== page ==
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A pastor is not a spiritual “superman”. He too struggles with sin. Sometimes, some may persist in sin. At such situations, some claim, "Do not touch the anointed one." Others say, "Since a pastor is God's servant, let God Himself judge him. Who are we to judge him?" Such responses are carnal and not according to God’s Word. Pastors are not kings of the Old Testament. They are servants of the church.
After speaking about elders/pastors being worthy of double honour (1 Tim. 5:17-18), Paul immediately addressed the necessity to confront the problem of persistent sin in them (1 Tim. 5:19-22). Discipling pastors is as significant as honouring them. Unfortunately, we only focus on their “honour” and neglect their need for “discipline”.
Pastors require church discipline, just like other members of the church. Here are the steps that Paul, inspired by the Holy Spirit, presents on disciplining pastors who persist in sin:
FIRST, "Do not admit a charge against an elder except on the evidence of two or three witnesses" (1 Tim. 5:19). Every charge against a pastor must be examined, having evidence of two or three witnesses. These charges must be true and biblical. Hasty judgments, baseless hearsays, and unbiblical accusations must be denied. We must protect elders from false charges.
SECOND, if the sin of elders is proven, "As for those who persist in sin, rebuke them in the presence of all" (1 Tim. 5:20). No pastor exists without committing sin at all. But “persist in sin” speaks about “continuing to sin with no evidence of repentance and change.” Such pastors are deliberate, arrogant, and stubborn in their sin. When Paul wrote "as for those who persist in sin," there seems loving private confrontation first (as Jesus prescribed in Matt.18:15ff), giving enough chance for them to repent before facing public exposure.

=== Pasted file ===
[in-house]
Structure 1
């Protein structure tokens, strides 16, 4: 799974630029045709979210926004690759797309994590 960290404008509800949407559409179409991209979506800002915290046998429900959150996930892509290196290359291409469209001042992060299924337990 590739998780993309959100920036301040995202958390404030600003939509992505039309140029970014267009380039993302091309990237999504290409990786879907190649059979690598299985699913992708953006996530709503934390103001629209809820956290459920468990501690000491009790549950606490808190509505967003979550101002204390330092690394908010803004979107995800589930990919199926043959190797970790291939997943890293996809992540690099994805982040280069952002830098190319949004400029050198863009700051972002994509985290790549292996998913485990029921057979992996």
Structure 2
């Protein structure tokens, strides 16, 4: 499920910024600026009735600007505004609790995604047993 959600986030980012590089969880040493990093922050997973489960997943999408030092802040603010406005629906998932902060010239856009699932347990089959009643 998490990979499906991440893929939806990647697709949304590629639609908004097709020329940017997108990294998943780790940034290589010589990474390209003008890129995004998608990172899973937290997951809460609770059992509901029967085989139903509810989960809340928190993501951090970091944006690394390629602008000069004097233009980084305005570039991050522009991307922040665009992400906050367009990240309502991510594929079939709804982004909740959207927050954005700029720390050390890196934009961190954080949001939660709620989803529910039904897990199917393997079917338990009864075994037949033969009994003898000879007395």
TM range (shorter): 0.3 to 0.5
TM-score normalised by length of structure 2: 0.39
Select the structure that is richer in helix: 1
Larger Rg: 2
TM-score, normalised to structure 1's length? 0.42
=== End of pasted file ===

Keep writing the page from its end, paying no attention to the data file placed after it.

THIRD, "As for those who persist in sin, rebuke them in the presence of all, so that the rest may stand in fear" (1 Tim. 5:20). The Scripture says that if the charge against pastors is true, and if they refuse to change even after a private confrontation and still persist in sin, such church leaders must be rebuked publicly, so that the rest (perhaps the other elders, even the entire congregation) may stand in fear. But who will take this responsibility? The other elders, or in case of a single pastor, some mature brothers in the church. This process is hard and painful, but isn’t this what God commands? Discipline upholds God’s holiness and spreads His fear in the church. Lack of discipline undermines the holiness of God and pollutes the church.
FOURTH, Paul wrote, “In the presence of God and of Christ Jesus and of the elect angels I charge you to keep these rules without prejudging, doing nothing from partiality” (1 Tim. 5:21). Here is a difficult claim to digest: Not disciplining pastors who persist in sin is partiality and sin against the holy God. If we neglect to discipline pastors/elders who persist in sin and show partiality to them, we harm them by not giving the opportunity to change, bring disgrace to God’s name, and put His church in trouble. Isn’t this true of many modern churches where leaders persist in sin with no church discipline?
FIFTH, because of the painful consequences the entire congregation goes through when elders persist in sin, Paul exhorts, “Do not be hasty in the laying on of hands, nor take part in the sins of others; keep yourself pure” (1 Tim. 5:22). “The laying on of hands” speaks about “appointing elders” and “restoring fallen elders”. In both cases, we must avoid hastiness. We must be hasty to obey God’s Word that commands us not to be hasty to “appoint” or “restore” pastors. Carl Laney, professor of biblical literature and author of A Guide to Church Discipline, states:
Restoration takes time. If the service station attendant gives me directions which result in my getting lost, it will be a long time before I trust his directions again. If a husband commits adultery, it will require a long period of faithfulness to restore his wife’s trust. Similarly, sufficient time must pass for a disciplined Christian worker to be tried and proven. The leader who has fallen must once again earn the reputation of being “above reproach.” It took years of faithful Christian living to qualify the first time. It may take that long to re-qualify for leadership after a fall.1
1 Carl J. Laney, A Guide to Church Discipline: God's Loving Plan for Restoring Believers to Fellowship with Himself and with the Body of Christ (Eugene, OR: Wipf & Stock Publishers, 1985), p. 124.